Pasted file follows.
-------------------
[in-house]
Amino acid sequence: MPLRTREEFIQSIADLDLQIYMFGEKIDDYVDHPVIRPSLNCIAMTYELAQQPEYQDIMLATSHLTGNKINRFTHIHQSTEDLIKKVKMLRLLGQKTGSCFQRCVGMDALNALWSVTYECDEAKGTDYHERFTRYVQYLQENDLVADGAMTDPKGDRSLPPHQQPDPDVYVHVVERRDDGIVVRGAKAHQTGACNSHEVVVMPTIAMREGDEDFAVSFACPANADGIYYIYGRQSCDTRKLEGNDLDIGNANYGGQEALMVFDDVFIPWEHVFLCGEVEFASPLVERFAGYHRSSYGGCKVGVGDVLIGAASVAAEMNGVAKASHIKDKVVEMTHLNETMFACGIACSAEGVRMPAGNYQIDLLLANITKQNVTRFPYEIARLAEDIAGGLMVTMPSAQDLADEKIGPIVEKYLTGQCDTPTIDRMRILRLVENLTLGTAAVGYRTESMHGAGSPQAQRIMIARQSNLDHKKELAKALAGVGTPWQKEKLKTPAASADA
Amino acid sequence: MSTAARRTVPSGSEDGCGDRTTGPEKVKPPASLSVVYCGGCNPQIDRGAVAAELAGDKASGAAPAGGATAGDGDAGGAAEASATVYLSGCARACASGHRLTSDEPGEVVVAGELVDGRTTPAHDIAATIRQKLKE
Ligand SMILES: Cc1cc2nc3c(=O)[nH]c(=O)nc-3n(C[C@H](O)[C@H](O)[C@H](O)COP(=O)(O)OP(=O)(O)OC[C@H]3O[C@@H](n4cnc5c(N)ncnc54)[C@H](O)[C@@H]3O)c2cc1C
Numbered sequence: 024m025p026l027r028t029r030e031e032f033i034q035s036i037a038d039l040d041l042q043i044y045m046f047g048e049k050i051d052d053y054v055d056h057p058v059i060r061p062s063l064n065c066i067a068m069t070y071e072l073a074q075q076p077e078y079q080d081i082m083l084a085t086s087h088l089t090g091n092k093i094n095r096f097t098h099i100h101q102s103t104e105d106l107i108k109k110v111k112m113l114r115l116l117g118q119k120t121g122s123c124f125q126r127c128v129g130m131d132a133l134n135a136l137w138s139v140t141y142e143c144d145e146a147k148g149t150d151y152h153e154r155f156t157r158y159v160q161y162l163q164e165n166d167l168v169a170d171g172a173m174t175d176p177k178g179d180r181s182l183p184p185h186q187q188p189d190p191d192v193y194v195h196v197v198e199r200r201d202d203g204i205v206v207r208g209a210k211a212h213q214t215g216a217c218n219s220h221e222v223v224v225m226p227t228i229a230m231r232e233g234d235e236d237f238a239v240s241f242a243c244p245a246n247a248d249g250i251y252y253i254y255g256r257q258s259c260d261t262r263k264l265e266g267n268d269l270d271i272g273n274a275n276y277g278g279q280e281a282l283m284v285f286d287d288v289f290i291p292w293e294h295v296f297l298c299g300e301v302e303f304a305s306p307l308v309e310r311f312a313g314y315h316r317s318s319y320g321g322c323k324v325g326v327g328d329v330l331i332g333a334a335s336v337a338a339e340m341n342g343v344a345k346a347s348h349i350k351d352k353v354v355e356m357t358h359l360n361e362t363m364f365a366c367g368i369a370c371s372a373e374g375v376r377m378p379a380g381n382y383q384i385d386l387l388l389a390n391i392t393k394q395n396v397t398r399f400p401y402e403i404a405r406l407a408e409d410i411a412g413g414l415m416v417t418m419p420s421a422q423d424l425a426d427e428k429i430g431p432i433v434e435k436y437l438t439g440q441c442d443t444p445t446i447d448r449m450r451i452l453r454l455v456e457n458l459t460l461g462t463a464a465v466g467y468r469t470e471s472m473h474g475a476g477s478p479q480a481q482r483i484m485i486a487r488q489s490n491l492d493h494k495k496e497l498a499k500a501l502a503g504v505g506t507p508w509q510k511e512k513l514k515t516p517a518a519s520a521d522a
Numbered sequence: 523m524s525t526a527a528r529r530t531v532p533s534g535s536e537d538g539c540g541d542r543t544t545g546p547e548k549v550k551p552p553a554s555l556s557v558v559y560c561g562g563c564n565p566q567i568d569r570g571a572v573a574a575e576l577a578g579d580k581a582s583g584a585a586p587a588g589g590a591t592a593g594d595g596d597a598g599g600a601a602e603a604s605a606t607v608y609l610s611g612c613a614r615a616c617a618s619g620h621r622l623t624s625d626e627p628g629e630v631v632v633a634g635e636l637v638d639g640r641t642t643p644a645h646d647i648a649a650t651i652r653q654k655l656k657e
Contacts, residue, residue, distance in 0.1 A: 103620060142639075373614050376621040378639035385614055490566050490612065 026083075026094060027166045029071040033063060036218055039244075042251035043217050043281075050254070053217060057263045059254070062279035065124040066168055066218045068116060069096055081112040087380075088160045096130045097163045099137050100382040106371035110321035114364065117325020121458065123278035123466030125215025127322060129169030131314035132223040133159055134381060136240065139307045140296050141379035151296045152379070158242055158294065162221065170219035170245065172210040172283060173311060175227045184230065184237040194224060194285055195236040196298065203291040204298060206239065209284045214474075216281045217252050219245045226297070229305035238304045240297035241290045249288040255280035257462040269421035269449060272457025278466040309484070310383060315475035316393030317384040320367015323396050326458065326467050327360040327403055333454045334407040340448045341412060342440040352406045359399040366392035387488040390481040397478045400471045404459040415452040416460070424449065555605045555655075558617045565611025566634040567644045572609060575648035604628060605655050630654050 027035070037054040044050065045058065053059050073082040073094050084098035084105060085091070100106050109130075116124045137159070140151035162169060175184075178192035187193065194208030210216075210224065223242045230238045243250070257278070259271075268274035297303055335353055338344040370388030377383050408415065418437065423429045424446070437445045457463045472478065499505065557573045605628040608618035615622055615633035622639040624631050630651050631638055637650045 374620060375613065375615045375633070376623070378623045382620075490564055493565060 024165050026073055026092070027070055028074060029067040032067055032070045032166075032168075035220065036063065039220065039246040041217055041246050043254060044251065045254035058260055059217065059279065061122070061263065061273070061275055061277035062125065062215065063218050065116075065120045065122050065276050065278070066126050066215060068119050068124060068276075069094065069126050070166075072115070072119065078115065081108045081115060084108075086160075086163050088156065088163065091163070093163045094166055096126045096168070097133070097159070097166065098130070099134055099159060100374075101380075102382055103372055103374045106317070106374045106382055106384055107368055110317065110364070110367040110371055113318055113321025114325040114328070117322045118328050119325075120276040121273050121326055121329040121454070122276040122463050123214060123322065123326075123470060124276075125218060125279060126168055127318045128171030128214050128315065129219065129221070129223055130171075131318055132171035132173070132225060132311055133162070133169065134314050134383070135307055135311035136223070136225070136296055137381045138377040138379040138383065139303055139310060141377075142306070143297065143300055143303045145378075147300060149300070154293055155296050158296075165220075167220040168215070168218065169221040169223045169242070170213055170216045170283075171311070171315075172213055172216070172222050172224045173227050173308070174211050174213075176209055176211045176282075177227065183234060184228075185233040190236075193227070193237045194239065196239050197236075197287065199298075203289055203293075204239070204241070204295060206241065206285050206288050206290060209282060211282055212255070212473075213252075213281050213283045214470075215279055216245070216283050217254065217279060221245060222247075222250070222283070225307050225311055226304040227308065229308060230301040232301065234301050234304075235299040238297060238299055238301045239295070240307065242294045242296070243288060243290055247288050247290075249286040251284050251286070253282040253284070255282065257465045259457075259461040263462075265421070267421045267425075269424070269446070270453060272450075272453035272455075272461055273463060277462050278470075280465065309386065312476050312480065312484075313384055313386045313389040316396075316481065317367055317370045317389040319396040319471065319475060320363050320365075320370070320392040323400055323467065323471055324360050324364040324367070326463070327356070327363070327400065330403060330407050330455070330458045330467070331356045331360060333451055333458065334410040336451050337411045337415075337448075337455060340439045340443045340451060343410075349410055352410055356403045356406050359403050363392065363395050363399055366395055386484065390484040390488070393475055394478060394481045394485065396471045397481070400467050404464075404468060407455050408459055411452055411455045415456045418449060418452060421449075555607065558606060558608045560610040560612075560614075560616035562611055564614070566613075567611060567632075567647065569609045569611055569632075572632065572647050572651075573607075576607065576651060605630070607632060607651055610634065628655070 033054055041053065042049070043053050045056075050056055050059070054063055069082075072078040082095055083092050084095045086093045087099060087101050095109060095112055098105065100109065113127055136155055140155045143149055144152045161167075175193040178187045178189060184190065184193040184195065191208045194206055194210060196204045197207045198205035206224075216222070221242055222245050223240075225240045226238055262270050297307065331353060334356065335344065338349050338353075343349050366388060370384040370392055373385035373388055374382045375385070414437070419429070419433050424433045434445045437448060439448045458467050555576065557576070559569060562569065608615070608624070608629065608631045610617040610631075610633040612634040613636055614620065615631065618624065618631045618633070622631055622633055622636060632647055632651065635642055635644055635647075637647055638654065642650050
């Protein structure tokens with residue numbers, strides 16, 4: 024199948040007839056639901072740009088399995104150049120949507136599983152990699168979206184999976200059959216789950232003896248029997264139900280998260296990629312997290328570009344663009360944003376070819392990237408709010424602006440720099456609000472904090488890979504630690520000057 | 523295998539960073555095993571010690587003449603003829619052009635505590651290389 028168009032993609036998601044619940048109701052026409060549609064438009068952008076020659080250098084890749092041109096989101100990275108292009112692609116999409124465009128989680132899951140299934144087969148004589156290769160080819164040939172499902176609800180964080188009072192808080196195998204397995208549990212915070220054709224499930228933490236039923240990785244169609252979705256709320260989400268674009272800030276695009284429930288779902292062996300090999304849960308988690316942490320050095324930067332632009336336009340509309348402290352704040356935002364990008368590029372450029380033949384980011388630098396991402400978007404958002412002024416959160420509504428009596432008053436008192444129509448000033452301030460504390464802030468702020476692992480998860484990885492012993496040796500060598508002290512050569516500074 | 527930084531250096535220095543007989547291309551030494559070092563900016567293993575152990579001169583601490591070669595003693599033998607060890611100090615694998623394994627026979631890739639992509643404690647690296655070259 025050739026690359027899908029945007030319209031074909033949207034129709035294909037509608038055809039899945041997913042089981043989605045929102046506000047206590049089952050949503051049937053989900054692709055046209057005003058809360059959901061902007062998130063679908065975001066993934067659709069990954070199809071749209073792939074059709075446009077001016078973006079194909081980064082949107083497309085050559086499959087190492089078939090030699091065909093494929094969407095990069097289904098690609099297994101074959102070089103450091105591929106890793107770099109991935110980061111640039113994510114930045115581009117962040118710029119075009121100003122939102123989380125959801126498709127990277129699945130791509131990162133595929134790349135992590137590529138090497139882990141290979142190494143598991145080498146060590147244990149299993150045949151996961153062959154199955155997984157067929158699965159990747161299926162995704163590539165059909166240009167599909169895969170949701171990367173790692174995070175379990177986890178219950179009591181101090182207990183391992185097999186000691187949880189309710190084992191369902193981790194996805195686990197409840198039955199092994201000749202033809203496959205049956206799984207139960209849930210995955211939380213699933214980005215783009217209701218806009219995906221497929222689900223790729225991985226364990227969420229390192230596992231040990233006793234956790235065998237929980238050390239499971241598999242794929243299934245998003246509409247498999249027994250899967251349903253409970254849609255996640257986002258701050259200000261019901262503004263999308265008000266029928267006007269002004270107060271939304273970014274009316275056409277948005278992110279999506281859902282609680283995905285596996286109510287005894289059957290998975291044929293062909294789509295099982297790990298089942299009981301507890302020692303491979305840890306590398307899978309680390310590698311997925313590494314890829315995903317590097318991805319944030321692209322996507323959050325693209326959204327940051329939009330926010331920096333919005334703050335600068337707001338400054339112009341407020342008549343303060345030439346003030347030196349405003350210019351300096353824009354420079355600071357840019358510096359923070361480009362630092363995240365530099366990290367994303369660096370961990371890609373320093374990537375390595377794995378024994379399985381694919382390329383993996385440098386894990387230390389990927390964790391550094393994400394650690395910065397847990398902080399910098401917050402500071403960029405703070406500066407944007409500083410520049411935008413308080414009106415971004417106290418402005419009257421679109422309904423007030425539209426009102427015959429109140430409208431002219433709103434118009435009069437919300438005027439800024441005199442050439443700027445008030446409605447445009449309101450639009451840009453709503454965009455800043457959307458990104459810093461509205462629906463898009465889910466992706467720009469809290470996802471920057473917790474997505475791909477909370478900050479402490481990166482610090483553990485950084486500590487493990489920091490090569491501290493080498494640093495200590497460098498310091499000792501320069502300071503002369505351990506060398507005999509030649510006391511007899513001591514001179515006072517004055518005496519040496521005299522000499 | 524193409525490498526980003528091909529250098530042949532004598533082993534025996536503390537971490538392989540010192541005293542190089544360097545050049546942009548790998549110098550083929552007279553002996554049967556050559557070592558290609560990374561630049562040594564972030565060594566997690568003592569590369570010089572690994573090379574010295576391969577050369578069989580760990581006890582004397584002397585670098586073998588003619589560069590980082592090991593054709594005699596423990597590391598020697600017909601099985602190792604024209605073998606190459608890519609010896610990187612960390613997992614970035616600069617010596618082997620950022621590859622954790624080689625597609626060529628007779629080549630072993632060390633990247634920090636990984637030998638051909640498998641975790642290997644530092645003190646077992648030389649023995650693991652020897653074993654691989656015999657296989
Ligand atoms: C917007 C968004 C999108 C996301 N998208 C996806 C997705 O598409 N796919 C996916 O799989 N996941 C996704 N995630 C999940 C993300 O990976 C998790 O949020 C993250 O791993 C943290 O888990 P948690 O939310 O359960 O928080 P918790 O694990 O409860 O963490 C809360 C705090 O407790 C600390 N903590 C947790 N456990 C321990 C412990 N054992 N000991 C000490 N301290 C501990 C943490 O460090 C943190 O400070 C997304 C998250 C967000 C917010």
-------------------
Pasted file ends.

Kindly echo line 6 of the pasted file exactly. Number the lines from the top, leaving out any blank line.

Numbered sequence: 523m524s525t526a527a528r529r530t531v532p533s534g535s536e537d538g539c540g541d542r543t544t545g546p547e548k549v550k551p552p553a554s555l556s557v558v559y560c561g562g563c564n565p566q567i568d569r570g571a572v573a574a575e576l577a578g579d580k581a582s583g584a585a586p587a588g589g590a591t592a593g594d595g596d597a598g599g600a601a602e603a604s605a606t607v608y609l610s611g612c613a614r615a616c617a618s619g620h621r622l623t624s625d626e627p628g629e630v631v632v633a634g635e636l637v638d639g640r641t642t643p644a645h646d647i648a649a650t651i652r653q654k655l656k657e